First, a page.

On Thu, 18 Nov 1999, Ronald F. Guilmette wrote:
> As one possible solution to this problem, the idea of building and main-
> taining a registry of ``legitimate opt-in'' mailing lists does in fact
> have some merit, but as noted above, it also has some problems.
> I think that the scaling problems could in fact be solved, but that would
> take some serious work. As regards to the building and maintaining of the
> registry, I myself would be happy to build and maintain exactly such a
> registry, and to make it available (as a service) to all Internet sites,
> but the main reason why neither I nor anyone else has ever tried to create
> such a registry is because of the likelihood that list owners simply would
> not cooperate in sufficient numbers to make the whole thing work.
The 'meta-list' group that got mentioned on here some while back has
created such a registry; take a look at www.meta-list.com. Admittedly,
it's geared more towards end-users finding a list, but my point is that
there are other methods of discovering mailing list information... I don't
happen to -agree- with the mass harvesting they did, but all they did was
probe at specific addresses (majordomo@<site>, listserv@<site>,
listar@<site>), sending the appropriate command for the listserver type
they were probing to get a list of lists on that site, which was then
As for a registry of mailing lists of the type you describe, I think that
some very serious thought would need to be made on HOW it would be
implemented. I keep thinking that the -best- method would never be
accepted, because it would require cooperation between listserver authors
such as myself, the registry authors/maintainers, and the MTA authors...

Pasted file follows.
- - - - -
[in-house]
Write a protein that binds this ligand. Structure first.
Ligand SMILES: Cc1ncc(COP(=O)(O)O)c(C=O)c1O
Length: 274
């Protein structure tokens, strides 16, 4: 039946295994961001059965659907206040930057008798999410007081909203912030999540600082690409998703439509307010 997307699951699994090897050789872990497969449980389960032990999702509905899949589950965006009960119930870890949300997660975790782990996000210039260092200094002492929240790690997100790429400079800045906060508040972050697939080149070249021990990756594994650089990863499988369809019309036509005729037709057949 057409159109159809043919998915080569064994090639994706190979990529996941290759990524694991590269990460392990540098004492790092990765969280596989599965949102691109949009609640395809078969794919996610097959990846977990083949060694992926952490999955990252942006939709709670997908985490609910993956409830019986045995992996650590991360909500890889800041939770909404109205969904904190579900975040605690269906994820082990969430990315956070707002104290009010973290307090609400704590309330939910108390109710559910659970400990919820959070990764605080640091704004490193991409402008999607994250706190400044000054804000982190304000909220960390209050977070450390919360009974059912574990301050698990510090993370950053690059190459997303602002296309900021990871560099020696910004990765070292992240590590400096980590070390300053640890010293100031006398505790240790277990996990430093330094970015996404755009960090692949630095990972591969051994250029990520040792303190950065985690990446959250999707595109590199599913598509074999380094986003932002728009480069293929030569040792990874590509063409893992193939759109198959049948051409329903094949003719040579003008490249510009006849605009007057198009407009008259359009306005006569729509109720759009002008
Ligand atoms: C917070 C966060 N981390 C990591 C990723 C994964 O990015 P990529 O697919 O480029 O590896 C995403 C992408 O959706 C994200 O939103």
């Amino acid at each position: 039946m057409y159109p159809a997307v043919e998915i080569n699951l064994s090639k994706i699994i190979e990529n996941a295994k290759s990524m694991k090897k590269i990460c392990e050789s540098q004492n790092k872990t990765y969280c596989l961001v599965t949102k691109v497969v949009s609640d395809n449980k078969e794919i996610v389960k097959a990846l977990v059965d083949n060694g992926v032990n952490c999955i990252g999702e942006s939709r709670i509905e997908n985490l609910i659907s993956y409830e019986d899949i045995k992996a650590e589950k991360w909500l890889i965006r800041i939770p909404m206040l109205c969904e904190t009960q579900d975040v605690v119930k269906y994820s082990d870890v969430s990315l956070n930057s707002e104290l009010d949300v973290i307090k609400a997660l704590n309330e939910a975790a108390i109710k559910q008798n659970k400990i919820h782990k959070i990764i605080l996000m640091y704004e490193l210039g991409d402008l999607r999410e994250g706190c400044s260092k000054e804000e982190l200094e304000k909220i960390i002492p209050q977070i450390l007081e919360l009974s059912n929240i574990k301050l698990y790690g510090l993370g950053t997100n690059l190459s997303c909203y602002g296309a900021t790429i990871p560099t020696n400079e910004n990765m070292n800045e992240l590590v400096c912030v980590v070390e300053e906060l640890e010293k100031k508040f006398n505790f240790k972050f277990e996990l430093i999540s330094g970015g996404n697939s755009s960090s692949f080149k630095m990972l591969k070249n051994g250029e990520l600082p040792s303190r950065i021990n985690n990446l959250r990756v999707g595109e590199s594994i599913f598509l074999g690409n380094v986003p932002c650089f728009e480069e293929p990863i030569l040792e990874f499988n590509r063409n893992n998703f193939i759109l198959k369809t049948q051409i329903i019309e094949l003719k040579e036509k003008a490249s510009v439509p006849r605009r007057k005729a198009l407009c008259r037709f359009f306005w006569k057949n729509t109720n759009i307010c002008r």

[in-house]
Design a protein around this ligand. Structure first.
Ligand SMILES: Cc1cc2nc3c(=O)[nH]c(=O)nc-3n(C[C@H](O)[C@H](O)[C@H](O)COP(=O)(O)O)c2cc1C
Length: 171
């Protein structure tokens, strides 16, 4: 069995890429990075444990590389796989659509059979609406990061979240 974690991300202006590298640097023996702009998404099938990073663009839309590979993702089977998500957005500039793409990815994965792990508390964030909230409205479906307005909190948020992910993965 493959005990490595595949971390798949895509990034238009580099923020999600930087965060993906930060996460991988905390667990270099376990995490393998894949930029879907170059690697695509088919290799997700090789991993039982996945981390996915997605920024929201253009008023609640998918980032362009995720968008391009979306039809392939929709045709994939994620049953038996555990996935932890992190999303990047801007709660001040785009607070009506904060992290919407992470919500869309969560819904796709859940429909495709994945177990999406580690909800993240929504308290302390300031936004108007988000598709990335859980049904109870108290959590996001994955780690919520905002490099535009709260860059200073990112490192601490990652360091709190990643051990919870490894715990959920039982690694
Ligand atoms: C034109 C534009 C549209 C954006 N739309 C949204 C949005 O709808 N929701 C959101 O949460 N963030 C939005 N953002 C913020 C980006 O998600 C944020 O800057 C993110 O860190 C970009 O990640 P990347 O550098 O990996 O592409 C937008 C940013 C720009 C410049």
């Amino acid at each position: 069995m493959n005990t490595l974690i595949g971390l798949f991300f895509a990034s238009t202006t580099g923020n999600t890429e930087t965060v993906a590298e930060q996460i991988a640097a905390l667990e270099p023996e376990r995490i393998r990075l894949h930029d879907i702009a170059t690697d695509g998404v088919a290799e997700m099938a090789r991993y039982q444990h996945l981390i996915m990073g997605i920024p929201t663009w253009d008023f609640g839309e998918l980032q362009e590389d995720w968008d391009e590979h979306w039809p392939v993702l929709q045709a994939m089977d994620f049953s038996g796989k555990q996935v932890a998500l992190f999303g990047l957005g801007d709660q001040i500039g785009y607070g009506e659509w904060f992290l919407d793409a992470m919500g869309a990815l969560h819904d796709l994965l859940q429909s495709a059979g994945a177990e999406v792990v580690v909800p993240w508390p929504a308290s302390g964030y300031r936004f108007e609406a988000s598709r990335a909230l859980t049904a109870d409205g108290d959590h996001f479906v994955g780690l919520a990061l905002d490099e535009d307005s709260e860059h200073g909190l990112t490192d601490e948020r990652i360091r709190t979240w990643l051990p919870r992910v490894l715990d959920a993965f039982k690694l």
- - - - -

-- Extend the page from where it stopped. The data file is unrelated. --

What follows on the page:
but this method would be that each list would be assigned a unique
identifier, almost like a PGP fingerprint.
The posts from the list would be required to contain this fingerprint on
something like X-MLReg-Auth: in the RFC822 headers, as well as the
X-List-Id: header described in the proposed changes to RFC2369.
Then an MTA such as AOL could query the listserver registry (using the
X-List-Id) and see if the auth code matched. Now, I know that the problem
is that spammers would become creative and do a query to get the auth
code, so it would have to be one-way encryption of some kind; perhaps the
'Auth' string is a PGP-encoded passphrase and the mailing list registry
has the public key and the decoded phrase? At any rate, once the MTA had
verified it, it would be required to remove the authentication header from
the RFC822 headers (to obscure it from the end-user, and thus prevent
spammers from just grabbing the information).
Then, of course, the receiving MTA would want to cache all its query
results to avoid having to do massive numbers of lookups...
Also, some of this - like the auth code - might be better implemented
somewhere other than the RFC822 headers. But as a listserver author, I
tend to think in terms of not having control over anything at a higher
level than those, since even if a server I send to has a capability (like
DSN), a server it relays to might not. The only way to ensure information
remains intact from start to finish is in the headers...
But, as I said, the concept of trying to get listserver authors and MTA
authors BOTH to implement this strikes me as something that isn't going to
happen. Few enough MUA and listserver authors have bothered to implement
RFC2369, which is trivial. I suspect something of this complexity would
be completely ignored.
Jeremy Blackman - firstname.lastname@example.org / email@example.com / firstname.lastname@example.org
Lithtech Team, Monolith Productions -- http://www.lith.com
Listar Developer -- http://www.listar.org